Right now I am at my grandparents' quiet house in San Francisco; it's foggy, I am drinking Irish tea with milk, and my grandfather is watching crime shows in the other room. Sitting here, it's hard to imagine that in a few days I'll be in the middle of a city of 18 million people, on the opposite side of the globe, in my own apartment, with a Real Job in a Big Global Law Firm. I gave up trying to make the whole thing feel real, because it still seems like something I made up.

Here are some of my expectations for what I will encounter in Brazil:

1. Initial shyness about speaking Portuguese, followed (HOPEFULLY) by competency and finally, fluency, if such a thing exists.
2. Hot guys. (Please God don't let Brazilian men be
as into mullets/rat-tails/hair gel as Chileans/Argentines are. Please.)
3. Mangoes
4. Hot guys.
5. Hot shoes and handbags which I will NOT allow myself to buy because I have a budget of like negative $800 a month.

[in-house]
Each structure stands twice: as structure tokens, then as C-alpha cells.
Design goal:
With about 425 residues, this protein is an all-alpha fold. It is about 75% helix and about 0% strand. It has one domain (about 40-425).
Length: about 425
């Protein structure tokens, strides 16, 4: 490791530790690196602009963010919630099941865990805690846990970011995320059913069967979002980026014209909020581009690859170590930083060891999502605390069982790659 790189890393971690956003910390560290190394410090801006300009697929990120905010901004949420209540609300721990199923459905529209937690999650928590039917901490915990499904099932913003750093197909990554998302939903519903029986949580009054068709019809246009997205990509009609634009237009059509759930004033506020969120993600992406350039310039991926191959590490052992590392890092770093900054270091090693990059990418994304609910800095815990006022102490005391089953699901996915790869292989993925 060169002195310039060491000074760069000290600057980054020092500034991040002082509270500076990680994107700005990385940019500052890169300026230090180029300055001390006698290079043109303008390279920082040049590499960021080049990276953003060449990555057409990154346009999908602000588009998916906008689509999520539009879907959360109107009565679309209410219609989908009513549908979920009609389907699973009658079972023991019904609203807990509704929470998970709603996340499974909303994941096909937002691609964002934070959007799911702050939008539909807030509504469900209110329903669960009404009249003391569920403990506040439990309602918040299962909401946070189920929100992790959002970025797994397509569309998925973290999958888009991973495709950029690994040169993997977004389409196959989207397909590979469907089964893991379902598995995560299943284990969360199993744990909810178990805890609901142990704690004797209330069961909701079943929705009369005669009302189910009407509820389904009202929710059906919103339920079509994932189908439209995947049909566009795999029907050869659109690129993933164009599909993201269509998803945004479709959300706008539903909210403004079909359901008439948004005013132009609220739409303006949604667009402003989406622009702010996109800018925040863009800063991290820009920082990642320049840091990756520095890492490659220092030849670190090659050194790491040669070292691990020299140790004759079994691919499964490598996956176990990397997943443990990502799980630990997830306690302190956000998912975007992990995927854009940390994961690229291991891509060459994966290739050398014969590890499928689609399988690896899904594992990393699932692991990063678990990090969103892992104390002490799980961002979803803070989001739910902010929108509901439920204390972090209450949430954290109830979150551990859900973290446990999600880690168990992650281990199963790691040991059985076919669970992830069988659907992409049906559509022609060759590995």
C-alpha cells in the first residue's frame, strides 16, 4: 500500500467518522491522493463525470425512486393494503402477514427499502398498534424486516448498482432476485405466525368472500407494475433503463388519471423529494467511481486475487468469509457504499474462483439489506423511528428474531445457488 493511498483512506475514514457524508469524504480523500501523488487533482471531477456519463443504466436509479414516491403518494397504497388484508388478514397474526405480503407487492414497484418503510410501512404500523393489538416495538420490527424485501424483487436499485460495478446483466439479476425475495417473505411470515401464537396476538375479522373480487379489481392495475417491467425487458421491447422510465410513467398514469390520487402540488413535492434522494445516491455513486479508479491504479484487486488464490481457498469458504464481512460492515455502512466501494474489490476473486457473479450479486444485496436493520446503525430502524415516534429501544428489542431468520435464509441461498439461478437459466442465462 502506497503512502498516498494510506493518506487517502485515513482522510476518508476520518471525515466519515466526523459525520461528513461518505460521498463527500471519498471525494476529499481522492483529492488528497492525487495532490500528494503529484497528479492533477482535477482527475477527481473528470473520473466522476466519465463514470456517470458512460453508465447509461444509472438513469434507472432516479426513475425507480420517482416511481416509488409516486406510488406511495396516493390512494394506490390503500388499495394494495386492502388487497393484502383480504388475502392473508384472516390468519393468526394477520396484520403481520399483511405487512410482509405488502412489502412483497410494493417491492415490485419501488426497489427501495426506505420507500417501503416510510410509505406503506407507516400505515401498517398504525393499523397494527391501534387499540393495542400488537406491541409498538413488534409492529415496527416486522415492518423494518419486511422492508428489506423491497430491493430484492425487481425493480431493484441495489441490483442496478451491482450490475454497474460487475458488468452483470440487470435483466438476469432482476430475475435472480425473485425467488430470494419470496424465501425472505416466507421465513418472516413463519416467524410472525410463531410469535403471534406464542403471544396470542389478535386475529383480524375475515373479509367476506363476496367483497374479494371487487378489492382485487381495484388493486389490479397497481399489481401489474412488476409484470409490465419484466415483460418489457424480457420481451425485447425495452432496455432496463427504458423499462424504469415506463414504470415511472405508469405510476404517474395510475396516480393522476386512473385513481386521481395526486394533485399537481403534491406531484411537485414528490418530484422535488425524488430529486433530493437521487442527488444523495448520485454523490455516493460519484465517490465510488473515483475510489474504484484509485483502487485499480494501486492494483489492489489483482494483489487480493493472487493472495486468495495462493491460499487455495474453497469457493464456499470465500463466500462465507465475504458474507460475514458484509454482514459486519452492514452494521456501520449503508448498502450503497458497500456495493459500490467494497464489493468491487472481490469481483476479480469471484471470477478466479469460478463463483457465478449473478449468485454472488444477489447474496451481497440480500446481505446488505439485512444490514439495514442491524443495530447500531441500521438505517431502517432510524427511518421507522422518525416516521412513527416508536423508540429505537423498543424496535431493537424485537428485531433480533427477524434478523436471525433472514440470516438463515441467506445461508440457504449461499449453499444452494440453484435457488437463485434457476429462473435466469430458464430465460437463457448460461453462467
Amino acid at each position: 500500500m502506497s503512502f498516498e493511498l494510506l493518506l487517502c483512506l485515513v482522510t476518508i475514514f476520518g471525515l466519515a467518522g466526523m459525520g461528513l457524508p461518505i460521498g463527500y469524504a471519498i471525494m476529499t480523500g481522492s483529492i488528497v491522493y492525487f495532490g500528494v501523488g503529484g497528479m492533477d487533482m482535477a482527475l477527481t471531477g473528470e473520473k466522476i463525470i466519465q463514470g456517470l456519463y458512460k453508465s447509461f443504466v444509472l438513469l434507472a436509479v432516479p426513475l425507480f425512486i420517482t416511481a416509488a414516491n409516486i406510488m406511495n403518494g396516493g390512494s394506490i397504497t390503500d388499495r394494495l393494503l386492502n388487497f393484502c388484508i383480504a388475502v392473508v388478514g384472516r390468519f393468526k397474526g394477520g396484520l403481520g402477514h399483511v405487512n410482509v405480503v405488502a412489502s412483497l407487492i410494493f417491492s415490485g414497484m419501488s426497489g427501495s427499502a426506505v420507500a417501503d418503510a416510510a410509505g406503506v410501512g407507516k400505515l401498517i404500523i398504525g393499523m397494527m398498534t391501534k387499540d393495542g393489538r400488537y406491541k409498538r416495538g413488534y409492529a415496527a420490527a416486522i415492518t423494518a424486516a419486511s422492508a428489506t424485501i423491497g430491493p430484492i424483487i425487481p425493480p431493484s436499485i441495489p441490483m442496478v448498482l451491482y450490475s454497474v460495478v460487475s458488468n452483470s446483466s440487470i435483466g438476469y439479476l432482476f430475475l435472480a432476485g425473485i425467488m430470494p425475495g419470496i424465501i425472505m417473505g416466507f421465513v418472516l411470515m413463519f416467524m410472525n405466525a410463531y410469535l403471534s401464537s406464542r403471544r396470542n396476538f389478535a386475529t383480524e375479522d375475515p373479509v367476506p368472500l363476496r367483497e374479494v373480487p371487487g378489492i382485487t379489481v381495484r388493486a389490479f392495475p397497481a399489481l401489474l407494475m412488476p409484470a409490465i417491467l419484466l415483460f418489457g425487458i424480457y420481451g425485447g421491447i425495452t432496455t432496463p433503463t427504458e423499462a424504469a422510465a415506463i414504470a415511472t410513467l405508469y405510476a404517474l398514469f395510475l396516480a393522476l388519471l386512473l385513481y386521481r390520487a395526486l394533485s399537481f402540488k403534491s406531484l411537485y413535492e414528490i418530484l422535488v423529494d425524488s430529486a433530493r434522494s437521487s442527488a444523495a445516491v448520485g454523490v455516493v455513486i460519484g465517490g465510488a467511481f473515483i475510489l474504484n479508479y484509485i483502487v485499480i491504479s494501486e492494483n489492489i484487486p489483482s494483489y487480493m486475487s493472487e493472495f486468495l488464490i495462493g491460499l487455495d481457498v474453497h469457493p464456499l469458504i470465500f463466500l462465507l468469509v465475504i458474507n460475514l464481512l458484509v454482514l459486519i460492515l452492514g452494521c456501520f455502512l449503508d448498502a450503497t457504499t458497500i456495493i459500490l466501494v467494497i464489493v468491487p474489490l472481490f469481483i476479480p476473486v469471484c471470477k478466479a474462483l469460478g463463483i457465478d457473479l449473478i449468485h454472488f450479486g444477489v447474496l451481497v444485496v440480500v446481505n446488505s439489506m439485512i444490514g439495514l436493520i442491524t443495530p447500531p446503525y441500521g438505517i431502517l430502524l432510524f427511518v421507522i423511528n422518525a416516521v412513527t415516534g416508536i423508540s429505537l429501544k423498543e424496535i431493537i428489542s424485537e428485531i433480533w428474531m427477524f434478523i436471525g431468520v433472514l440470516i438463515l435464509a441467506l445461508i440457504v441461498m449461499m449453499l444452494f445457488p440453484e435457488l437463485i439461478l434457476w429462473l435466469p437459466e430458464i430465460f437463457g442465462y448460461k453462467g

6. Smog and uncleanliness.
7. Smoke.
8. Traffic and horrendous drivers.
9. Hot guys.
Good Lebanese food and sushi.
11. Intimidating webs of public transportation that I will undoubtedly get lost on and end up crying in the bus depot in the middle of a favela.
12. Shocking disparities between the rich and the poor. What else is new in Latin America.
13. Disappointing gum options. Not that I have the money to spend on gum.

Some of these predictions/expectations may sound a bit dour but actually, I am incredibly excited and, dare I say, PSYCHED to go to SP and have a great time. I can't wait!